Richards, who was fatally injured during the virals’ escape, is now alive and well in Las Vegas, delivering the bodies of criminals to Shauna Babcock for her to feed. I’m still a little unclear what happened here, but from what I gather, Shauna somehow saved Richards’ life and he is now eternal—but also not a viral. Perhaps this will be explained in the next season (if there is a next season), or maybe this is just something to accept without thinking too hard about it.
Lacey Antoine has reappeared (after not being seen since Lila was kidnapped earlier in the season) and has teamed up with Jonas Lear. The two have made it all the way to Virginia, where Lear is attempting to create a cure, with the rest of the world becoming impatient. This combination of characters, while perhaps a little random, works really well and makes me a little disappointed about how little Lacey was used in this season. (She was slightly more underused than Carter.)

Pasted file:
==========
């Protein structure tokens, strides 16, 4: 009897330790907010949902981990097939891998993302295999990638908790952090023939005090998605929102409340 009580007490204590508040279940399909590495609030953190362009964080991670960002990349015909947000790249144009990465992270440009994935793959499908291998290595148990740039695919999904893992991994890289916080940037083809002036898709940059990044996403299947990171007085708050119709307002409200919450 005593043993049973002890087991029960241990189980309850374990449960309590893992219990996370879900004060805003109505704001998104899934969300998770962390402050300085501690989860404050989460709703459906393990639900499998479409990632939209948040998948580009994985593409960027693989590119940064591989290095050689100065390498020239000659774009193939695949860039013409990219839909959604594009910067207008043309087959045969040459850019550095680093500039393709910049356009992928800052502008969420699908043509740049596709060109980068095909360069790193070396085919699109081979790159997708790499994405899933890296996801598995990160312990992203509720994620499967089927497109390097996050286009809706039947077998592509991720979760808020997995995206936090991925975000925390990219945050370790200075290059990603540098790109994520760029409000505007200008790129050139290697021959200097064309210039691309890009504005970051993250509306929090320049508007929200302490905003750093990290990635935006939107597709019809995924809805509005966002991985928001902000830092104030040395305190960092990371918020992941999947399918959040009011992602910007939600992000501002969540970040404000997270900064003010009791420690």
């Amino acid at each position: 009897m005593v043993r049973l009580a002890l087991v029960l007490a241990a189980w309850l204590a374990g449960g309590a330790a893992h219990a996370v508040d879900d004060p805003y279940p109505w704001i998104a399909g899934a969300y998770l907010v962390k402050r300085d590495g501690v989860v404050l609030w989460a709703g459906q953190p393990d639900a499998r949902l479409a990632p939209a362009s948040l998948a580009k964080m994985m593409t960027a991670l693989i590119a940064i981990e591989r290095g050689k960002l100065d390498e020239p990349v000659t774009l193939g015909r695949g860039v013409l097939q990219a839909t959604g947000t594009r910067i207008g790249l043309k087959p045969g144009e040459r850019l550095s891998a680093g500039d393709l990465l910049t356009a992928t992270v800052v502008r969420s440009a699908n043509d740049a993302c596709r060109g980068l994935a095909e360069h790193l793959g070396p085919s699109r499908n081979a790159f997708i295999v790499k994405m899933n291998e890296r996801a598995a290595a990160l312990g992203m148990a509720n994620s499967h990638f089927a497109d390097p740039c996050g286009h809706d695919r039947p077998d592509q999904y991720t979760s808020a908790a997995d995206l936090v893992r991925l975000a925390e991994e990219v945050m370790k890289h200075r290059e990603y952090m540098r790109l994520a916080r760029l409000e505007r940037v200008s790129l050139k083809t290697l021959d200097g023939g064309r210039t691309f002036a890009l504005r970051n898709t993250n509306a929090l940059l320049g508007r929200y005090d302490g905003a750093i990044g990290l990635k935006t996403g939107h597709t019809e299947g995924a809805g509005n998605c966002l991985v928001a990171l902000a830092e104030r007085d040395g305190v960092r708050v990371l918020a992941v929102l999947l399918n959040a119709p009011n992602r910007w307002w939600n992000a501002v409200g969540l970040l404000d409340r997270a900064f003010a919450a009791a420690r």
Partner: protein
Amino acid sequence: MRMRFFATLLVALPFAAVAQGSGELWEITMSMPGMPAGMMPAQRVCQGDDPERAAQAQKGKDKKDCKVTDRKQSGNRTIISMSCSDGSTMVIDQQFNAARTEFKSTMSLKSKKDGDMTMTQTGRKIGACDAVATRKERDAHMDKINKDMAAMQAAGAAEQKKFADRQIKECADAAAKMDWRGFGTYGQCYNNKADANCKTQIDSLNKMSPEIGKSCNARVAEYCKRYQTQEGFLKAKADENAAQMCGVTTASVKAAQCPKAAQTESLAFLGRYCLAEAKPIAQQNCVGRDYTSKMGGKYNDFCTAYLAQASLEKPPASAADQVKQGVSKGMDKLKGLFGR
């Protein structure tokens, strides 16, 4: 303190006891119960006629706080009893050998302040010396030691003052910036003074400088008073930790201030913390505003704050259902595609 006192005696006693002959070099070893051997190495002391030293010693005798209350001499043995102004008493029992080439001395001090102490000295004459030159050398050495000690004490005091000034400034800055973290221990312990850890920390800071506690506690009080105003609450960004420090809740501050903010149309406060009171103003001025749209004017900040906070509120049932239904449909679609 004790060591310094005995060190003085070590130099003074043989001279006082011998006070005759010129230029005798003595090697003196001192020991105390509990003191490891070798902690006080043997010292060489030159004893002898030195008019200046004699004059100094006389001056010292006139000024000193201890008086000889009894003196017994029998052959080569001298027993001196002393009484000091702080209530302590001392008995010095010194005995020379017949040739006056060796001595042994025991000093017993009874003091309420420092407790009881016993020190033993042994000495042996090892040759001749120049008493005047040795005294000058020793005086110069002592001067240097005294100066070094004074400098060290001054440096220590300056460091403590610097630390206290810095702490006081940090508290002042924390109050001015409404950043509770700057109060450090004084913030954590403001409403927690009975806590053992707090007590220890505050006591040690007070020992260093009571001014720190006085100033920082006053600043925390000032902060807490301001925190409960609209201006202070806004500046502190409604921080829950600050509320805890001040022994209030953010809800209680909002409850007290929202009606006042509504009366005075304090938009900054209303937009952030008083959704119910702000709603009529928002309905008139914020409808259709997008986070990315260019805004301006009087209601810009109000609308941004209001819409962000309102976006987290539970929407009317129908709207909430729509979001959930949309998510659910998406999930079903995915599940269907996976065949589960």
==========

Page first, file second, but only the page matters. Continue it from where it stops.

Meanwhile, Wolgast is preparing Amy for surviving after he is gone, with the thinking being that she will be living on forever while Wolgast would pass on at some point. This moment appears to come when Wolgast approaches an infected neighbor and ends up being bitten. This was the end for Wolgast, I thought, but then Amy saves him by injecting the remaining dose of the anti-viral (the other portion being used earlier to save Lila’s life).
Finally, we are shown the end of the world. Nuclear bombs are dropped on the United States in hopes of wiping out the virals, but 97 years later, we see it didn’t work. Amy—who, to quote Wolgast from earlier in the episode, is looking like a “badass”—is hunting virals to set them free by killing them. The season ends with Amy staring up at a large wall, hoping to find some answers and, more importantly, the Agent.